Wednesday, December 7, 2016

Manning The Rails: The U.S. Navy Tradition Of Honoring Pearl Harbor

The Imperial Japanese attacked Pearl Harbor on this day in 1941.

You can read about the attack via the below link:

Back in 1970 I was a teenage seaman stationed aboard the USS Kitty Hawk as the aircraft carrier headed towards "Yankee Station,"  off the coast of Vietnam. On the way, we made a port-of-call to Pearl Harbor in Hawaii and sailed by the USS Arizona Memorial.

As you can see from the above U.S. Navy photo, all hands "manned the rails," an honor tradition that had us on deck in our dress white uniforms as we passed the memorial, which floats above the sunken battleship that went down during the Japanese sneak attack.

I have a enlarged framed copy of this photo hanging in my basement office and library.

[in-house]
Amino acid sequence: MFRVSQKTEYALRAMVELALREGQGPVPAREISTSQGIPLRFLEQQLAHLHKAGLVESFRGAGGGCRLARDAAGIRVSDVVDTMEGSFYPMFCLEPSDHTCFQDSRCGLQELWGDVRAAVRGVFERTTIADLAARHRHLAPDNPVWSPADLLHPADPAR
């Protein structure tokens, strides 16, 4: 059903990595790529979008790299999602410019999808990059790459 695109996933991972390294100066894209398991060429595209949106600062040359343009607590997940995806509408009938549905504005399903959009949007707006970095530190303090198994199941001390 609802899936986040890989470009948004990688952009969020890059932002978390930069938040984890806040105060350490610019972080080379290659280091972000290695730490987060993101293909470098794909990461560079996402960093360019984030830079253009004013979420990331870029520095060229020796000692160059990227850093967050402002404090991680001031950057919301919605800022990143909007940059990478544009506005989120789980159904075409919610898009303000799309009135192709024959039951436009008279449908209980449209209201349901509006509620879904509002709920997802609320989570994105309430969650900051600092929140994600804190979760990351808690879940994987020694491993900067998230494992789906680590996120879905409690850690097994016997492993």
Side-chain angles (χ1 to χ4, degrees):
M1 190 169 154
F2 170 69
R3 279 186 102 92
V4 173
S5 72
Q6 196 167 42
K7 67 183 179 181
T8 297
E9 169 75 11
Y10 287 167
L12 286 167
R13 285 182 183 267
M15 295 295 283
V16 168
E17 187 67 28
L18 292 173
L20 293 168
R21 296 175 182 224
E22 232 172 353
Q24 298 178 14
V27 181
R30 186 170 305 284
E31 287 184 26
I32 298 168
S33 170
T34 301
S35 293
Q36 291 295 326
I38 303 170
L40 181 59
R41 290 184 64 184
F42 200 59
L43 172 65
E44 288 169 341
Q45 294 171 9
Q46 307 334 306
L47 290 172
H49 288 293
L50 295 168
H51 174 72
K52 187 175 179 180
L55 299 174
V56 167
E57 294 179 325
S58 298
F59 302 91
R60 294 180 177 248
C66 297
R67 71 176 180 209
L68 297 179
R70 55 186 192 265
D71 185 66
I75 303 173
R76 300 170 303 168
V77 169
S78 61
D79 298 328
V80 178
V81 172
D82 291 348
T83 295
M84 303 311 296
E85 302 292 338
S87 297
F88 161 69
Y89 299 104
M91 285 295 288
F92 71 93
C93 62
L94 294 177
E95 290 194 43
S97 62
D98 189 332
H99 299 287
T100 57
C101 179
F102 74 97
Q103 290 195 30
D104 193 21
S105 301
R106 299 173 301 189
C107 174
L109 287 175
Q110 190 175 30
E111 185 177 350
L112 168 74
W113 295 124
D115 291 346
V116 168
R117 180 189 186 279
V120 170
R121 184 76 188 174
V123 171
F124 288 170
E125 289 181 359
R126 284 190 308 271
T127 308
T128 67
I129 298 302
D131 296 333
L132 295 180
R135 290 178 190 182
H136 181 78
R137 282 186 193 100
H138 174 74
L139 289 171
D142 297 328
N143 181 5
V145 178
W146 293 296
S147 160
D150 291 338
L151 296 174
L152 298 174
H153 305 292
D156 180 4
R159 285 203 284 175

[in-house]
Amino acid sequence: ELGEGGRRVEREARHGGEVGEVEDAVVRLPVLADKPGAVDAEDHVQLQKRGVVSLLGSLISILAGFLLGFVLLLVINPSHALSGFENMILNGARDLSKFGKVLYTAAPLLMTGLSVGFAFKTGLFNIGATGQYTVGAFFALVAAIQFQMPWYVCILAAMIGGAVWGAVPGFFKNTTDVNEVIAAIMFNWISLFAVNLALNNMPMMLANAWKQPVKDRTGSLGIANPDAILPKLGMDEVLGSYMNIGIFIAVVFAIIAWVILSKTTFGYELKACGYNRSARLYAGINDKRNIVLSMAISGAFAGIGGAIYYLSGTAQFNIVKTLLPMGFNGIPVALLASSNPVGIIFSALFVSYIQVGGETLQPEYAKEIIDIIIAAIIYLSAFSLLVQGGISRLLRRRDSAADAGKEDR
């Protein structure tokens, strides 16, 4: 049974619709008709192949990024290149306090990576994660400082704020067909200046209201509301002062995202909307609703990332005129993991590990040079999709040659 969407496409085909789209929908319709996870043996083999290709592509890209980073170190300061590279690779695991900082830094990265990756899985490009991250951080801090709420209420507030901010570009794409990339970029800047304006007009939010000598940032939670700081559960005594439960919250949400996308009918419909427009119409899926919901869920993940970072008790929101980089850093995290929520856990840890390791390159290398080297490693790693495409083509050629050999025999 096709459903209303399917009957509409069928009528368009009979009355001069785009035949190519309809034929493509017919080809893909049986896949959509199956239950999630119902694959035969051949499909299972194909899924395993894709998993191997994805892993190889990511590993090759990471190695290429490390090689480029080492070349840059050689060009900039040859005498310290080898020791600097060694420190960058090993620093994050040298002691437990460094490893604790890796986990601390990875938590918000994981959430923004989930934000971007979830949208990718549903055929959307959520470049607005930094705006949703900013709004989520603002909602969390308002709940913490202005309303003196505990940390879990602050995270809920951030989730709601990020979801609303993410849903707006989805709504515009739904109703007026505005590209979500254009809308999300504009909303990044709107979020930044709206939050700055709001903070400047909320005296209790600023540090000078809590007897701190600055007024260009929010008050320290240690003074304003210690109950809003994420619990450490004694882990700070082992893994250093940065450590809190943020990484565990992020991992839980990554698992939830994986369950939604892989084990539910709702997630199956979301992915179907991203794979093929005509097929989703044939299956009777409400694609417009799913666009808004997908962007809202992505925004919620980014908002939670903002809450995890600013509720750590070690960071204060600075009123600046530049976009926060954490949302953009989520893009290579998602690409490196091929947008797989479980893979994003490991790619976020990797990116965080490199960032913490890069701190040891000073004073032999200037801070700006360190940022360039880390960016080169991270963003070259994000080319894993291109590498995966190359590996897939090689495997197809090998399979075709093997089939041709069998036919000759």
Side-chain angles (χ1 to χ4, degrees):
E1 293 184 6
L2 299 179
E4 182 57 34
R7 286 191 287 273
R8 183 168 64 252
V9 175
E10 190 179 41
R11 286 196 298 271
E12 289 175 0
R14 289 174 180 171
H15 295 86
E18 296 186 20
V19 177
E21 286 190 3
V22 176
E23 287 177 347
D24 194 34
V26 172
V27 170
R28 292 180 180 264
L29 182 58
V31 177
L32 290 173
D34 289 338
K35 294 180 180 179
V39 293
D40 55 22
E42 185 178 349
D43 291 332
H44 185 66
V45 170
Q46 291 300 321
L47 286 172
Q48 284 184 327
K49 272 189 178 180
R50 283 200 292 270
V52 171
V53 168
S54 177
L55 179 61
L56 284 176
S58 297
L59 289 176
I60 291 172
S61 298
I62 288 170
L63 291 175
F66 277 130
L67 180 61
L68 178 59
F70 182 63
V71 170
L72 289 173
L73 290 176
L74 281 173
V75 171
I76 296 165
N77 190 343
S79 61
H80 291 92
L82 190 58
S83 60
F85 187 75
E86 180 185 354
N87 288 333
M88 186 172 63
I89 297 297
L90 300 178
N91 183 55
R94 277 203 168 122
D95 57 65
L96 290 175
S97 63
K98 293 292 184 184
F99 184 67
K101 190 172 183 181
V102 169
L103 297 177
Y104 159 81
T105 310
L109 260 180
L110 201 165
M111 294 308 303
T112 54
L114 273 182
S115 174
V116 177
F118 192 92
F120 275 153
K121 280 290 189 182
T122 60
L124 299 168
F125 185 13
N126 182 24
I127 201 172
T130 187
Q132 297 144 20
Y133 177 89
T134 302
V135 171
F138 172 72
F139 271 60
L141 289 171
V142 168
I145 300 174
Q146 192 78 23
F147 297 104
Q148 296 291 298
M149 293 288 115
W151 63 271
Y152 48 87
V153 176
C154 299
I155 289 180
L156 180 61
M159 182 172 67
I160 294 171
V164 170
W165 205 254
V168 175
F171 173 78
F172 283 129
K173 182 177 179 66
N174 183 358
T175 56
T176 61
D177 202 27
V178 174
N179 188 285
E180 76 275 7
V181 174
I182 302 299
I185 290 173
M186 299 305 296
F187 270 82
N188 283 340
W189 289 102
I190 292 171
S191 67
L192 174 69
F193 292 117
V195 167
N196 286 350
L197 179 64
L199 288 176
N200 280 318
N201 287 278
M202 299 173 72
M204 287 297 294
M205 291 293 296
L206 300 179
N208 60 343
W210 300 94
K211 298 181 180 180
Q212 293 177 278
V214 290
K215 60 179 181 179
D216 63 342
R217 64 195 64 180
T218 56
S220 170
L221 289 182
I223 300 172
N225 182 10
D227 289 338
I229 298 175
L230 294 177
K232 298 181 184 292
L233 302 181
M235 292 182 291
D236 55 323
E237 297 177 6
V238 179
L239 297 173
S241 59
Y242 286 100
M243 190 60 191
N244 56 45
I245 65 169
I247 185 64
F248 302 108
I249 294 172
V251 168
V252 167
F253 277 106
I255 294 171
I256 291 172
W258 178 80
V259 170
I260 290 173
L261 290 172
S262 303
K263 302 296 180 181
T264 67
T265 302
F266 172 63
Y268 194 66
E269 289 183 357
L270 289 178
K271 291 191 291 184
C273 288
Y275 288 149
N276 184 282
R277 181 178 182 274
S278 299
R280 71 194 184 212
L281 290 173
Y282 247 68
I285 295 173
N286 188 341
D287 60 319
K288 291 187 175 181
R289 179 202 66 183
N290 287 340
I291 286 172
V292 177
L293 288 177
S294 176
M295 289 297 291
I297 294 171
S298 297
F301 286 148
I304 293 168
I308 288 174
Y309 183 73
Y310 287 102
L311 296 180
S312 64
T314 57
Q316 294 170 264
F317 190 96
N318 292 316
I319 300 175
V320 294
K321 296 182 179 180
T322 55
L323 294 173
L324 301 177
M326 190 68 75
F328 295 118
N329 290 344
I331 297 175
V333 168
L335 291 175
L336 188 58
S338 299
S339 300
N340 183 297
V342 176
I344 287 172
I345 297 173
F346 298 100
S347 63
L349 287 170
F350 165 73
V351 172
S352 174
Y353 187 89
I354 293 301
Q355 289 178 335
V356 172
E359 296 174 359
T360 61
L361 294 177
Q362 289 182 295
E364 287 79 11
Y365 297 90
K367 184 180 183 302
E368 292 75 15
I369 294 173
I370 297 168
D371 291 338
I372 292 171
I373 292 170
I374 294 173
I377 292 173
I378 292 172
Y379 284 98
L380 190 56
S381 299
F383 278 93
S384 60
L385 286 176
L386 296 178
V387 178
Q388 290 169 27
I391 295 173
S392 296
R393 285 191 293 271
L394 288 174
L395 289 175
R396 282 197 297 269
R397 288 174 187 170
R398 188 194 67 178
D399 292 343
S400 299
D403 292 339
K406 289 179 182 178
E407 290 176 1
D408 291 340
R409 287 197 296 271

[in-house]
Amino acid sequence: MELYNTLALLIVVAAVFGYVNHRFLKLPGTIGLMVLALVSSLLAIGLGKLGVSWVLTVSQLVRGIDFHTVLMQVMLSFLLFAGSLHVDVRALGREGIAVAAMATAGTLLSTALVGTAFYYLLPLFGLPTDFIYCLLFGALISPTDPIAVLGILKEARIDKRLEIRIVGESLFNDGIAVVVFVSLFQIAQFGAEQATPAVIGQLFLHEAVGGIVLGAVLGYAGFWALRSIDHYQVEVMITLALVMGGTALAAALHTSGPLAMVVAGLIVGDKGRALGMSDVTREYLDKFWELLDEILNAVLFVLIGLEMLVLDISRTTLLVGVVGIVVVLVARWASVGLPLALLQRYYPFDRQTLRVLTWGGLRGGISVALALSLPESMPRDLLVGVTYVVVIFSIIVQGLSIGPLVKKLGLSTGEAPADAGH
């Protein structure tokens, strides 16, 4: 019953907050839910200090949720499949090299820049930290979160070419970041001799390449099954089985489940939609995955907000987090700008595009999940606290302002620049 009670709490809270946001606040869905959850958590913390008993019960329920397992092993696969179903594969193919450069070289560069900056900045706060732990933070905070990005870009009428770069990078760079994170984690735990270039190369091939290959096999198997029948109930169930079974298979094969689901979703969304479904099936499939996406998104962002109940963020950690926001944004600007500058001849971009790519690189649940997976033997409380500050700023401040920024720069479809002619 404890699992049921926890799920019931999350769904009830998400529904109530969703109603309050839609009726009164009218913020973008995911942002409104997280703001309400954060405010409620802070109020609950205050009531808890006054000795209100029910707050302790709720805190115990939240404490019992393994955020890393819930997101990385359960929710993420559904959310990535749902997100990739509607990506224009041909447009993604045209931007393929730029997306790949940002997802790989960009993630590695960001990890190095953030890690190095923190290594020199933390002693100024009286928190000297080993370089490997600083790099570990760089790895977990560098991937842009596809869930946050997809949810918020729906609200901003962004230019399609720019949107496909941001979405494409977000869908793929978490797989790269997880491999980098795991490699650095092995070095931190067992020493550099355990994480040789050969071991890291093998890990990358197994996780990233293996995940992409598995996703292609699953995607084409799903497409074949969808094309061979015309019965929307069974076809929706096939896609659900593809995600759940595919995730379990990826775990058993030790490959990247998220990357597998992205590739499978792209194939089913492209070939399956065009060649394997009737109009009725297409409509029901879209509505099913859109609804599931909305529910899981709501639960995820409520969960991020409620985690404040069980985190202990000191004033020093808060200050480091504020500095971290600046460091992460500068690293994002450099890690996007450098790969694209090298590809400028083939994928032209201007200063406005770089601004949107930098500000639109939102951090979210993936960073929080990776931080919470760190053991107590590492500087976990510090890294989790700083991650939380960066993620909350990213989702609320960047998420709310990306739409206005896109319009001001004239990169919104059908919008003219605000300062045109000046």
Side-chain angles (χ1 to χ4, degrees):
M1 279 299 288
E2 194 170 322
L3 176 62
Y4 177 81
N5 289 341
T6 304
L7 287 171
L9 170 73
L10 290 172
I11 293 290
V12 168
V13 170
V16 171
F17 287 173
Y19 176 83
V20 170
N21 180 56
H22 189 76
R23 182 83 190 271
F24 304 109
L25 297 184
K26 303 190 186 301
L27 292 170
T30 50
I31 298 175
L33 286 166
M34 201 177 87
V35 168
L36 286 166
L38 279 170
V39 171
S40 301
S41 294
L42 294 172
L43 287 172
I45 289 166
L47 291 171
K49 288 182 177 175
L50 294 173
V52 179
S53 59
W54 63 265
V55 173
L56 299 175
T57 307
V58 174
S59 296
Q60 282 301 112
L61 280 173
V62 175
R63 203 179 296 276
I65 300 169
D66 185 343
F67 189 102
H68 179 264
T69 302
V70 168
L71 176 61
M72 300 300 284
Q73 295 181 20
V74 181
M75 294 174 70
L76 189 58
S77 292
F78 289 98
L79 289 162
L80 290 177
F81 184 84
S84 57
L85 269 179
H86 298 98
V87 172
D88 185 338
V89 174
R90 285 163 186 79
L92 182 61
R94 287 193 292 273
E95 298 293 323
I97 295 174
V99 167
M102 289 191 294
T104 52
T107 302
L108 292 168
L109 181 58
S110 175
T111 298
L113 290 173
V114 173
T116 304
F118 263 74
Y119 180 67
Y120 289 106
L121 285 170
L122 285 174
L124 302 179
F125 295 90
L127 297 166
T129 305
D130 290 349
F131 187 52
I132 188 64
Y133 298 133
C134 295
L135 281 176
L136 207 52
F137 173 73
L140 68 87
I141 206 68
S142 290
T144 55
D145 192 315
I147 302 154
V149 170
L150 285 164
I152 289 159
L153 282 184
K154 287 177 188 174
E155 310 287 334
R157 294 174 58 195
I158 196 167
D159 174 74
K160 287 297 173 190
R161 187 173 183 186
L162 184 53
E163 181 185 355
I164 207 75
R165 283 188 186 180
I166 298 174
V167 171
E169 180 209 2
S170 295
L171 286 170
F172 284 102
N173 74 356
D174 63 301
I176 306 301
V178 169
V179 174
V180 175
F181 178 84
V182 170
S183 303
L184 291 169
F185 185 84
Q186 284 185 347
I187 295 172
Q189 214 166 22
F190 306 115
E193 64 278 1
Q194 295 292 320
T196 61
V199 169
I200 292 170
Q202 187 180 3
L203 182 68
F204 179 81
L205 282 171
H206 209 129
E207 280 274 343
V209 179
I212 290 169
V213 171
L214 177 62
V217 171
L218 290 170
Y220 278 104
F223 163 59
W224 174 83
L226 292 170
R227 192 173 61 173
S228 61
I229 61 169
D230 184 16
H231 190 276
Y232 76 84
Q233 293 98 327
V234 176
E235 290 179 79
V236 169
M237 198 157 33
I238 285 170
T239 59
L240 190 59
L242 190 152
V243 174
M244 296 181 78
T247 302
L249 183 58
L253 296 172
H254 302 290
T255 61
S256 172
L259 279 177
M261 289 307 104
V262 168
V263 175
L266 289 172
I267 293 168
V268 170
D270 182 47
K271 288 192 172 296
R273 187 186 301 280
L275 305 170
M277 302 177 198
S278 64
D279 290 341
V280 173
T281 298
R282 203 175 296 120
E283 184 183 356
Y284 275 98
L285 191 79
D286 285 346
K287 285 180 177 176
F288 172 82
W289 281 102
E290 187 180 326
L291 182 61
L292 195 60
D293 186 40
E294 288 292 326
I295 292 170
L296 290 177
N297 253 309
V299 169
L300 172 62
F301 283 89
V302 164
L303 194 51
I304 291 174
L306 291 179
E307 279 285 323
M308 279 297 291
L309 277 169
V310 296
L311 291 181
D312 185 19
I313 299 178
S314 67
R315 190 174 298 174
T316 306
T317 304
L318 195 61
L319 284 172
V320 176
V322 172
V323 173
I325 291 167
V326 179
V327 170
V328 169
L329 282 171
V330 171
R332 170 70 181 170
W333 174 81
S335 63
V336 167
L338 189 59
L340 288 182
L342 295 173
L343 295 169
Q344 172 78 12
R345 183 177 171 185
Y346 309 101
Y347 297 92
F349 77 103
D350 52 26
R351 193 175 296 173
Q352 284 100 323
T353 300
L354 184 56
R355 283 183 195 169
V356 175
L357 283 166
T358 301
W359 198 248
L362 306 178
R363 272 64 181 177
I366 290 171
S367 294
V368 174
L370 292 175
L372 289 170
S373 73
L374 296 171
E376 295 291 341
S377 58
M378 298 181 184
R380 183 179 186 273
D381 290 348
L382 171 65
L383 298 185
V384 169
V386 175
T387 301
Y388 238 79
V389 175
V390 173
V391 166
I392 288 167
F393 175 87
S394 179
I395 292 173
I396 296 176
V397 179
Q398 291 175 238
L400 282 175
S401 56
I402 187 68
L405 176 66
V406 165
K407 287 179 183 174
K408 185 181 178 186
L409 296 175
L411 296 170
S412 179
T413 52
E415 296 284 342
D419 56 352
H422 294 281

You can also read a detailed account of the Japanese attack on Pearl Harbor via the below link:

Note: In the above U.S. Navy photo, the aircraft carrier USS Abraham Lincoln, manning the rails, is shown entering Pearl Harbor for a visit in 2011.


  1. Paul, I was privileged to "man the rails" four times and went out to the Arizona Memorial once. I imagine the terror and horror experienced by those lost souls; however, I have a feeling that most sailors (more than any other Americans) can fully empathize with those souls.

  2. RT,

    Twice for me and I visited the memorial while on a liberty call.

    The memorial, and this day, makes an old sailor think of those who died that day.


  3. I just came to realize that this practice existed; it touched my heart so deeply that it made me cry. God Bless America, and God bless the men and women who protect her.